53. eustace says:

    Tak, Foetusnail, you might have a look at the last few poster’s histories. Lotta first-time posters speaking up for UAE, allasudden! Hmm….

  54. funeralpudding says:

    So don’t be shady and suspicious and you won’t get in trouble!

    Oh, I totally agree – the sheer gall of the man, thinking he could wear any kind of hairstyle he wanted, he totally should have had his hair cut short and straightened, and perhaps a good skin lightening treatment, right?

  55. Anonymous says:

    I lived in Dubai for 10 years between 1991 and 2001. I never had any problems with police. Mostly we just used to get beat up by the local Arab boys in the neighbourhood (when me and my mate were out numbered). In my late teens all we did was drink ourselves into a stupor and cause havoc. Spent the night in a jail in the middle of the desert once for underage drunk driving without a licence. Wasn’t too much trouble. I would stay well clear of drugs there though. You just have to abide by some pretty general rules but you can get away with a lot. This does not mean however, that I agree with their appalling hypocricy and corrupt legal system.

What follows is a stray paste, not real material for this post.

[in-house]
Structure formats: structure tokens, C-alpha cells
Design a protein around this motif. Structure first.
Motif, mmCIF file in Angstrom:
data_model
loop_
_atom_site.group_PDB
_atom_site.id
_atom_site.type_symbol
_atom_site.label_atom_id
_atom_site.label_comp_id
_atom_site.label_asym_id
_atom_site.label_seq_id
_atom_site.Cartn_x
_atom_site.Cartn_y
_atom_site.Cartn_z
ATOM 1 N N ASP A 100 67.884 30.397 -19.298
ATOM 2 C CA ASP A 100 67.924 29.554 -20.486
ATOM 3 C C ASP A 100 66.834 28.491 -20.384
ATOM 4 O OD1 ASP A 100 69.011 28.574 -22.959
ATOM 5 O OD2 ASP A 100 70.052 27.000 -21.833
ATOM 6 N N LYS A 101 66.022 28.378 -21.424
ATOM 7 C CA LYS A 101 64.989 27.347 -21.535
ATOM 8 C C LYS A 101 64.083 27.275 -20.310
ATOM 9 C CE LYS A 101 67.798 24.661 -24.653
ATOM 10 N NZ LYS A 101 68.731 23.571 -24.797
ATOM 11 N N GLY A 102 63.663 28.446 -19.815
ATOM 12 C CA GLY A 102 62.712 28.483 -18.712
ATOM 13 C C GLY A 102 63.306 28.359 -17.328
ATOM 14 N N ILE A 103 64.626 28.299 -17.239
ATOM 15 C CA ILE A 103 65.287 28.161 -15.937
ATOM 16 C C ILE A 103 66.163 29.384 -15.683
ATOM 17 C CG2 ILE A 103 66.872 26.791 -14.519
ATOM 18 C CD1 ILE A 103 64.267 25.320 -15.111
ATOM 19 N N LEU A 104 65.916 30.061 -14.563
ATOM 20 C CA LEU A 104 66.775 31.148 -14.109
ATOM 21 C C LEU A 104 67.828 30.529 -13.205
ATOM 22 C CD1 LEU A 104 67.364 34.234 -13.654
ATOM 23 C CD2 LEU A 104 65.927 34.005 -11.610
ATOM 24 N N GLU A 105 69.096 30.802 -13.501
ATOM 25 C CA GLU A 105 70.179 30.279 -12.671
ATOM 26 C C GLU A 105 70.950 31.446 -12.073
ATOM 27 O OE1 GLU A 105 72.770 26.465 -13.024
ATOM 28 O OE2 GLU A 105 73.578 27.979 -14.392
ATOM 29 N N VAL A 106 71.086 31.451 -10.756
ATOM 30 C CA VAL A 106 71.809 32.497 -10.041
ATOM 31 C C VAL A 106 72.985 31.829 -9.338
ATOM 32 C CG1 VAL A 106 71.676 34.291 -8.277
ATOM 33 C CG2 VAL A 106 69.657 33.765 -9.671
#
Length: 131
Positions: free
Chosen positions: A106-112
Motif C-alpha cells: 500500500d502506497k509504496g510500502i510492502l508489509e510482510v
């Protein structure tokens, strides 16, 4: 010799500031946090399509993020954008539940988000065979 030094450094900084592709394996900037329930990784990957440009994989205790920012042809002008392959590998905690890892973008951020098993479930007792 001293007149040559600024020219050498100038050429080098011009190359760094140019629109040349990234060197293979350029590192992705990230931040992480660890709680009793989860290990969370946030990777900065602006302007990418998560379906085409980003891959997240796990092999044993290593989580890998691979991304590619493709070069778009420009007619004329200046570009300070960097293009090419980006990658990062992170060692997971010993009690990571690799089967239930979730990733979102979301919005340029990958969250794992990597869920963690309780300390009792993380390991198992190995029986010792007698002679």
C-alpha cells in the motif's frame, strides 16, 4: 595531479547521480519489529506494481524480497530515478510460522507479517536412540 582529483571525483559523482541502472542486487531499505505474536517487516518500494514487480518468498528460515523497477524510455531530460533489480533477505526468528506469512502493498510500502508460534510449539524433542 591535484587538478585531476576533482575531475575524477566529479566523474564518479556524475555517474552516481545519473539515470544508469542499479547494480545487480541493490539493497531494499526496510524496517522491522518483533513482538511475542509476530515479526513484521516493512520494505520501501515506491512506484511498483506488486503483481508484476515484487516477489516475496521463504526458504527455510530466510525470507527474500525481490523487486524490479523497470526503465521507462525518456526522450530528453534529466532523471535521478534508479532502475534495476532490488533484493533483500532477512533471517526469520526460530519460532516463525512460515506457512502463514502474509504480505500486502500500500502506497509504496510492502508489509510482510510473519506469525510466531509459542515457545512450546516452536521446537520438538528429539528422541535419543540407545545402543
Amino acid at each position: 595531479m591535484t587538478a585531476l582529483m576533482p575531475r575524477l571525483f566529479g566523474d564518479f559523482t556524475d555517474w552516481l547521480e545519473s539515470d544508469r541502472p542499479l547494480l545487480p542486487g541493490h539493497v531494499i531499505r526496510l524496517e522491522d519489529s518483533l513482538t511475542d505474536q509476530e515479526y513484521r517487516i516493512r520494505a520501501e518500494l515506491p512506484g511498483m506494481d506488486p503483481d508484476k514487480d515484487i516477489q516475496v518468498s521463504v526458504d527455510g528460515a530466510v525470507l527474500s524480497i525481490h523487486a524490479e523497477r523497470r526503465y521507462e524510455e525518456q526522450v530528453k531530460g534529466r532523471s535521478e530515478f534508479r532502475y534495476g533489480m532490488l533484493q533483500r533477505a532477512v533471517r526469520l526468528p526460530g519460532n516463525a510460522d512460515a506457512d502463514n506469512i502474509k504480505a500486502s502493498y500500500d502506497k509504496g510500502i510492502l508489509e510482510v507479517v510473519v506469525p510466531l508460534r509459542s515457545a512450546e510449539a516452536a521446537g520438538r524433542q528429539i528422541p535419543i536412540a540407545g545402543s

56. danegeld says:

    The problem with this is false positives. You could probably get 3 micrograms of cannabis on your clothes just by sitting in the same bus / taxi / airplane seat as someone who’d smoked that drug earlier in the day. It’s practically invisible to the naked eye.

    People can smoke cannabis legally in Holland, some places allow it on prescription, other places don’t get too uptight about it because the police have better things to do with their time than chase small-time drug users. Going through an airport you’re going to be exposed to traces of drugs.

    It’s quite likely the man just dressed or acted `inappropriately’ when he turned up at the airport in Saudi Arabia, and the police said “we don’t like the look of this one” and then perhaps ran, perhaps fabricated some test results to justify their opinion.

    How many people have been exonerated by these “drugs tests”?

  57. Takuan says:

    One fight at a time

  58. jjasper says:

    This is a pretty obvious shakedown. The only problem is that the people being arrested don’t know the right people to bribe, and the people busting them are so dumb as to not realize it.